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View Poll Results: Was your career in the same field as your undergrad major?.
yes 35 50.00%
no 27 38.57%
didn't go to college 8 11.43%
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College majors and future careers
Old 07-22-2009, 10:30 AM   #1
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College majors and future careers

Inspired by Sam's questions about his nephew's psychology major, I wonder who ended up having a career in the same field as their undergrad major. I was a psych/philosophy major and considered grad school in both fields, but ended up in the law due to worries about finding work down the road. (How many jobs for philosophy or psychology professors are there?) Never thought about the law until I was nearly done with college.

So what was your major and what was your career? Or did you go to college at all?
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Old 07-22-2009, 11:00 AM   #2
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I voted "no". My undergraduate work was not in the same field as my career, but in two related fields (B.S., electrical engineering, B.A., marine biology). However my career is in precisely the same field as my graduate degrees (physical oceanography).

My brother got an undergrad degree in psychology (double major with political science), went to Vietnam and came back, got an MBA and some Ph.D work at Harvard business, worked at a big accounting firm for a few years, taught computer science at university in Europe, worked as a systems analyst, tried out starting a small business (a store that sold games), and finally settled down in his long time and surprisingly lucrative career writing software as a consultant, about 25 or 30 years ago.

I think his psychology degree helped him a lot. The degree itself didn't qualify him for much but grad school. However the knowledge of psychology was invaluable and he used it a great deal in the workplace.
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Old 07-22-2009, 11:18 AM   #3
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I think your question is misleading for liberal arts majors.

Does an econ major have to be an economist or econ professor to be considered employed in his/her field? Or, would working in the loan dept at a bank be close enough?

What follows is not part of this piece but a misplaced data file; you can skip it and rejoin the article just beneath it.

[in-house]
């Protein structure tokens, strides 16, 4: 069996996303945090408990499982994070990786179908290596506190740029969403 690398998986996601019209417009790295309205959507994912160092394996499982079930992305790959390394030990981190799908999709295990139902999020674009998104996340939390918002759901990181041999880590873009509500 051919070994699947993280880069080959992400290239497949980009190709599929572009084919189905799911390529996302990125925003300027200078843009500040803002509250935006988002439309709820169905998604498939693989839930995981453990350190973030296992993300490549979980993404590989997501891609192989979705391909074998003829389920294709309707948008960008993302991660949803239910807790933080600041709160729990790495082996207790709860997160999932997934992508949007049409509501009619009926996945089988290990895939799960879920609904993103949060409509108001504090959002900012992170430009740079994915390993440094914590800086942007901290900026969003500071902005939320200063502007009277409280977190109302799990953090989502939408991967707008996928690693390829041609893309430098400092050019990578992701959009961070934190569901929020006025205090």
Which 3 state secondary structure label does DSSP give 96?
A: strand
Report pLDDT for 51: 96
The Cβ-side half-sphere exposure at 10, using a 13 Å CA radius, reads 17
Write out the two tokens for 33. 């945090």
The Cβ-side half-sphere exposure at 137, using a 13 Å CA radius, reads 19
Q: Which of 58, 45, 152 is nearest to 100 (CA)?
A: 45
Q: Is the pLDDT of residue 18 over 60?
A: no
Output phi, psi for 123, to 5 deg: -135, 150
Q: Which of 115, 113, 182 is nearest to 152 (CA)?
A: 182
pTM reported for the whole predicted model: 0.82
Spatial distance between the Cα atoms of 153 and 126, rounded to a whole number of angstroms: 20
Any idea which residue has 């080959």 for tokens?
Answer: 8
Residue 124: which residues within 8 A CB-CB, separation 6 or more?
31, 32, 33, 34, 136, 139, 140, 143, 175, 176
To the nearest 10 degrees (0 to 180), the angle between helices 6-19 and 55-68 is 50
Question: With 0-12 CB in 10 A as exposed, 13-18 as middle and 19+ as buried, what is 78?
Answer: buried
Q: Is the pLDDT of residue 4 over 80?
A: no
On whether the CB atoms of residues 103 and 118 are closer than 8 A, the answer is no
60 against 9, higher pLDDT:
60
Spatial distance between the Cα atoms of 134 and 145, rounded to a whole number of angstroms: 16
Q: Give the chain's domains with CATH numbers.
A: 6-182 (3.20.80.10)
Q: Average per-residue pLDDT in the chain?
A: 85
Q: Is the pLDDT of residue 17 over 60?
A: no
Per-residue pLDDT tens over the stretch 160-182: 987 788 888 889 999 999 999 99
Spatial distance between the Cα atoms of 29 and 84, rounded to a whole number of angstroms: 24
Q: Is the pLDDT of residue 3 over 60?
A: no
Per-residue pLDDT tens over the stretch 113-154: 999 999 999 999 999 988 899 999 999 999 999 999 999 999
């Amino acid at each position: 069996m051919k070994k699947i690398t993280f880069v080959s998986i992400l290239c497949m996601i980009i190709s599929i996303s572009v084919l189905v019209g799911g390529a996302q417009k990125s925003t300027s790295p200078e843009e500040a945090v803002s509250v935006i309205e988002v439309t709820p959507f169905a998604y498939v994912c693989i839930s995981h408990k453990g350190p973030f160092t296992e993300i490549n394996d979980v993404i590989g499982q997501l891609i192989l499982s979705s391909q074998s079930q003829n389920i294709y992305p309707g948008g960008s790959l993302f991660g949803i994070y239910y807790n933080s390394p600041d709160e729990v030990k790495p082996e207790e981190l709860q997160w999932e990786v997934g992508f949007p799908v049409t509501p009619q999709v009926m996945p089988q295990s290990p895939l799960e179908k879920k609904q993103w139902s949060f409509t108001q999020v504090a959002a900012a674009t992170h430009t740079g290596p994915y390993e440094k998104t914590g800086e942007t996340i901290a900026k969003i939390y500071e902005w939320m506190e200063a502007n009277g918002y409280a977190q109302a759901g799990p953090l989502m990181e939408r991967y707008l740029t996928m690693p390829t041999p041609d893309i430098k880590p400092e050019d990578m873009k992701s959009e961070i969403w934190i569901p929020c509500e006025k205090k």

If you are a poli sci major (common for pre-law) and then go to law school, does employment as an ambulance chasing law suite specialist qualify as working in your field? Or would you have to be a politician or a poli sci professor?

If an accounting major is a entrepreneur, does opening his/her own retail business count as working in his/her field if she/he keeps her/his own books?

Etc.

I don't think most liberal arts majors will be able to answer. The question seems to apply more to vocational orientated majors.
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Old 07-22-2009, 11:34 AM   #4
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My degree was in communication. Since every job I've had required the ability to talk, I answered yes.

Kidding!

I actually have used the degree-public speaking, writing, putting theory into practice. It has been very beneficial.
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Old 07-22-2009, 11:36 AM   #5
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As things have turned out in my career (with a CS degree), the most valuable skill I've developed is the ability to explain IT-related technobabble to managers.
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Old 07-22-2009, 11:43 AM   #6
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Undergrad BS in Civil Engineering and a BA in Spanish Literature and Language. Currently practicing civil engineering. I got a law degree straight out of undergrad but decided to do engineering. I am currently exploring re-entering the legal field in a field that requires an engineering or other science degree.

I have used my Spanish degree very little. I did a little Pro Bono work during law school in the hispanic community (translating for and counseling domestic violence clients, a little immigration work, and tax work through VITA at the Hispanic community center, etc).
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Old 07-22-2009, 11:47 AM   #7
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I voted yes, although I didn't graduate from college. My declared major as a freshman was "Computer Science", and that's what I've been doing since I was 19.
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Old 07-22-2009, 12:12 PM   #8
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I have a business degree, but I intended to fly for the Air Force from the start of college. All that was needed was a degree, it did not matter in what. So from that point the answer would be no. However after the first career, I used parts of my major in management.
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Old 07-22-2009, 12:17 PM   #9
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Quote:
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I have a business degree, but I intended to fly for the Air Force from the start of college. All that was needed was a degree, it did not matter in what.
Another sign of the times. My dad was able to become a pilot in the Air Force with a high school diploma (in the 1950s).

"Education creep" continues to persist in almost all endeavors. I wonder when you'll need at least an associate degree to run the register at McDonald's.
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Old 07-22-2009, 12:25 PM   #10